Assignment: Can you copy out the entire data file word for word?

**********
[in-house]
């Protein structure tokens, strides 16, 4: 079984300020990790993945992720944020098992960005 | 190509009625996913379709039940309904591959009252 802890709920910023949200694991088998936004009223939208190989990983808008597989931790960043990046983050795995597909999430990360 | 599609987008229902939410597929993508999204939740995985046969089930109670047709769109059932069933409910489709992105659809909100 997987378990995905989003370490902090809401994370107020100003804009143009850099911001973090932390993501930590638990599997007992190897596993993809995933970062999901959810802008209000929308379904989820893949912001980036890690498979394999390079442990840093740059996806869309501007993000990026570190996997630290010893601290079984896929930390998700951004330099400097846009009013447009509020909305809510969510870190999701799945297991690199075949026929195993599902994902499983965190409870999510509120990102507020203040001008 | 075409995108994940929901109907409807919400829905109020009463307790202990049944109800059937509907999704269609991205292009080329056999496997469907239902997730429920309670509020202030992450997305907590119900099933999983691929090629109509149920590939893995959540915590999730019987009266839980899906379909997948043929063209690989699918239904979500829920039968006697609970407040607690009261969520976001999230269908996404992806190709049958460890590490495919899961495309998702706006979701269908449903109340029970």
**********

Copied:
[in-house]
């Protein structure tokens, strides 16, 4: 079984300020990790993945992720944020098992960005 | 190509009625996913379709039940309904591959009252 802890709920910023949200694991088998936004009223939208190989990983808008597989931790960043990046983050795995597909999430990360 | 599609987008229902939410597929993508999204939740995985046969089930109670047709769109059932069933409910489709992105659809909100 997987378990995905989003370490902090809401994370107020100003804009143009850099911001973090932390993501930590638990599997007992190897596993993809995933970062999901959810802008209000929308379904989820893949912001980036890690498979394999390079442990840093740059996806869309501007993000990026570190996997630290010893601290079984896929930390998700951004330099400097846009009013447009509020909305809510969510870190999701799945297991690199075949026929195993599902994902499983965190409870999510509120990102507020203040001008 | 075409995108994940929901109907409807919400829905109020009463307790202990049944109800059937509907999704269609991205292009080329056999496997469907239902997730429920309670509020202030992450997305907590119900099933999983691929090629109509149920590939893995959540915590999730019987009266839980899906379909997948043929063209690989699918239904979500829920039968006697609970407040607690009261969520976001999230269908996404992806190709049958460890590490495919899961495309998702706006979701269908449903109340029970």